One star name of the constellation Scorpius is which is a very old Sumerian word for "scorpion" (more rarely it is called Sargas, another Sumerian word). It is definitely the Sumerian word for the constellation Scorpius. Is this a reference to the original Sargon?
Sargon (SAHR gawn, Heb. sargon, the constituted or declared king) has an unknown history before 3000 B.C. in some circles and no less than 2300 B.C. in other circles. It is known for sure that he ruled for 61 years. As to the claim of Menes the first king of united Egypt (Dyn.1; 3200-3000 B.C.) was the eldest son of Sargon is suspect. Although if he was his father, then he would have existed before 3100 B.C. in the middle of the Age of Taurus.
Some scholars believe that Sargon of Akkad (Agade) reigned from 2334-2279 B.C. thus placing him at the end of the Age of Taurus in the Sixth Dynasty of Egypt (Unas, Teti, Pepi I).
King Sargon of Agade (c. 2550 B.C.) was born of a lowly mother in Azupira-nu. His father was unknown. He like Moses was set adrift by his mother in a basket of bulrushes on the waters of the Euphrates, he was discovered by Akki the husbandman (the irrigator), whom he brought up to serve as gardener in the palace of Kish. The goddess Ishtar favored the youth, and he was promoted to the post of cup-bearer. Thus aspiring the throne he became, at last, king and emperor, renowned as the living god. Sargon of Agade (his new capital) was the destroyer of the ancient cities of the Sumerians, from whom his own people had derived their civilization. Here is his claim:
"Sargon, king of Agade, vice regent of the goddess Ishtar, king of Kish, pashishu (a class of priest who prepared and applied ointments) of the god, Anu, King of the Land, great ishakku (chief priest) of the god Enlil: the city of Uruk he smote and its wall he destroyed. With the people of Uruk, he battled and he captured him and in fetters led him through the gate of Enlil. Sargon, king of Agade, battled with the man of Ur and vanquished him; his city smote and its walls destroyed. E-Ninmar he smote and its wall he destroyed, and its entire territory, from Lagash to the sea, he smote. His weapons he washed in the sea ..."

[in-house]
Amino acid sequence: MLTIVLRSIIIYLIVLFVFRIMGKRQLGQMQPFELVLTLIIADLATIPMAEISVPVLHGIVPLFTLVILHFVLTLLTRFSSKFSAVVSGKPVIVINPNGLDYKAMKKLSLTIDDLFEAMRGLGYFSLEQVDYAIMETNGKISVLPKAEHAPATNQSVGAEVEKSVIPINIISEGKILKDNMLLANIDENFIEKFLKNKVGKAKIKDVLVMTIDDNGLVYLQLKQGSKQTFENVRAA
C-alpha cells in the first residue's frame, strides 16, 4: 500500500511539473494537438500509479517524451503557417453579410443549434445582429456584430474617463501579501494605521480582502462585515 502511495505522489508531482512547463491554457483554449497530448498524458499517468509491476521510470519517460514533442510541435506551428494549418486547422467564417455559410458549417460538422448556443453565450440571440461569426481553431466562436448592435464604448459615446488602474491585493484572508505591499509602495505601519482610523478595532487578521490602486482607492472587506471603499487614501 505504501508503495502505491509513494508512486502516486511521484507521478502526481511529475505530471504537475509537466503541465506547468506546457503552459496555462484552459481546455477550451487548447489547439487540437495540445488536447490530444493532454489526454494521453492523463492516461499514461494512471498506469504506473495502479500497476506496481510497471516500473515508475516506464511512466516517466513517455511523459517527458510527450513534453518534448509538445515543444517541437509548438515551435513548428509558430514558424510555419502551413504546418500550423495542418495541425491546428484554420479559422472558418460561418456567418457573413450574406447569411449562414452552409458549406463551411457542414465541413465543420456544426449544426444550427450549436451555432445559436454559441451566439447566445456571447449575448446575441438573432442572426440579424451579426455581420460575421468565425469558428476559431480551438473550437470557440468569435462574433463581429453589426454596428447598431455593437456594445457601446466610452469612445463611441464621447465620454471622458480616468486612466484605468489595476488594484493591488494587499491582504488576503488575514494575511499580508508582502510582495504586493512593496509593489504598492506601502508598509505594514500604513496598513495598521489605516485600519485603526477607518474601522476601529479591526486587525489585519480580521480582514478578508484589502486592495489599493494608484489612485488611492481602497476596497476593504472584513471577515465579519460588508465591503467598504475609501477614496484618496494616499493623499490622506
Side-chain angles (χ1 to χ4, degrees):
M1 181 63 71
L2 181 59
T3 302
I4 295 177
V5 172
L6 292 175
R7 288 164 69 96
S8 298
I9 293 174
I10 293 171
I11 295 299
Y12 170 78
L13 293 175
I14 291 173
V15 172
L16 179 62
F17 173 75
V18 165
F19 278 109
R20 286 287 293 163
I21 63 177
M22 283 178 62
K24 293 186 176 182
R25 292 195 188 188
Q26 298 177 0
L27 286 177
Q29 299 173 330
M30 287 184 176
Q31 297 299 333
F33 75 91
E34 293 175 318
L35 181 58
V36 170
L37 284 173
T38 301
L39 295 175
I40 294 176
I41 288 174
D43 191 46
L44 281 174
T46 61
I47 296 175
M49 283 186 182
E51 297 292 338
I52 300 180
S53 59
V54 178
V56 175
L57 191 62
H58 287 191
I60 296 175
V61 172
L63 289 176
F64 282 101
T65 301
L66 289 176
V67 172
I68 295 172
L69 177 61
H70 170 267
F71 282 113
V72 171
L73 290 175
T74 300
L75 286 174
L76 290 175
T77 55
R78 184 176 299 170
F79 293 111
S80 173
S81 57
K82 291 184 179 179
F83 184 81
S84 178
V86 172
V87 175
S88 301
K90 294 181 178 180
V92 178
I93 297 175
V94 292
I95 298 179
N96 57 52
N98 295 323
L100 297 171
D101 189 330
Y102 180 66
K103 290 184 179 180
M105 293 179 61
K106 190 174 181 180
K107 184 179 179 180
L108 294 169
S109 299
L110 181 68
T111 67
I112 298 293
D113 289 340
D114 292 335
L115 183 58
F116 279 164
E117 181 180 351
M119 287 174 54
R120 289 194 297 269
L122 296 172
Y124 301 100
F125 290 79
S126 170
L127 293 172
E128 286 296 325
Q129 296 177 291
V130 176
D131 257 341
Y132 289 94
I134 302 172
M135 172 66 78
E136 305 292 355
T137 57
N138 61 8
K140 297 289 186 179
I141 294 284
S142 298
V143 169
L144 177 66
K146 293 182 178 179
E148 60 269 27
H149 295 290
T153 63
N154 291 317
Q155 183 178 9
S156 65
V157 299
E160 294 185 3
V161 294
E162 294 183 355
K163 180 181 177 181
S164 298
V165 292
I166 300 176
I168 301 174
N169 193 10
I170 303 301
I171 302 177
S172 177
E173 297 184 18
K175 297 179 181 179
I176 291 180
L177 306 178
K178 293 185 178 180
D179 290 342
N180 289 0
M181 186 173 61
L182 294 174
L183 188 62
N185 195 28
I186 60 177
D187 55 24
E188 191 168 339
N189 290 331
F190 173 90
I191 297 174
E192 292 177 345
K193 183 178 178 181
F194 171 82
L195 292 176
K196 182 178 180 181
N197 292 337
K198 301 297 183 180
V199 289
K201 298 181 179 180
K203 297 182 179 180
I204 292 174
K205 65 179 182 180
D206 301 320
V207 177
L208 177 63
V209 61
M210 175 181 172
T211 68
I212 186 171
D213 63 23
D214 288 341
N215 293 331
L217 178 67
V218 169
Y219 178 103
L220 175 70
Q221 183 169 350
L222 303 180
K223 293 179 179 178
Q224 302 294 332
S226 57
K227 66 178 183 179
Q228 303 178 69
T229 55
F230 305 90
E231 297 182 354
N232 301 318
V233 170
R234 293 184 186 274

Sargon I of Assyria and a famous king of early Babylon who founded an empire that extended to the Mediterranean (2400 B.C.) at the end of the Age of Taurus. Many scholars believe that Sargon I was the biblical Nimrod, and due to his association with Kish (or Kush) where kingship existed even before Akkad. Other scholars date Sargon I of Assyria around 2000 B.C. or 500 years after Sargon of Akkad. His kingdom maintained profitable business colonies in Cappadocia, an area which contained mostly traders and merchants. Little is known about this ruler. He is not referred to in the Bible. The story is also told that he like the above Sargon (like Moses) had been put by his mother into an ark of bulrushes in the river, there to be rescued -- by Akki the irrigator. Sumer and Akkad (Nimrodís kingdom) consisted of Nippur, Adab, Lagash, Umma, Larsa, Erech, Ur and Eridu.
Sargon II who died 705 B.C. was the Assyrian king (721-705) who completed the conquest of the northern Jewish kingdom of Israel, later known as Samaria. His son Sennacherib succeeded him. In a relief from his palace at Khorsabad (Dur-sharrukin or Sargonburg, King Sargon II (722-705 B.C.) is shown receiving an Assyrian officer. Sharru-Kin means "the Righteous Ruler." Sargon is also mentioned in Isaiah 20:1, which is the only biblical source. Sargonís palace was not discovered until 1843 by Paul Emile Botta, and later excavated by others from the Oriental Institute of the University of Chicago.
Among the ruins of the great palace of Sargon, in Ninevah, is a library of cuneiform inscriptions and wall ornamentation. Because the name of Sargon was omitted in some of the ancient lists of kings, some of the scholars scoffed at Isaiah 20:1 "In the year that Tartan (commander-in-chief) came unto Ashdod, (when Sarí-gon the king of Assyria sent him,) and fought against (the Philistine city of) Ashdod, and took it;" saying in effect, "This is one of the errors of Isaiah, for we know that Sargon never did exist." There is a controversy on the name of Sargon, which is baked into some ancient bricks from the excavation of Ninevah in A.D. 1843-45. Philistine clay figures have been found from Ashdod that dated to the 12th century B.C.
I find it very interesting that scholars willingly accept the existence of two or three Sargon's, each who is separated by hundreds of years. Then why is the acceptance of a pre-dynastic Sargon, such a far-flung concept? The evidence is still in controversy, and the case is not closed.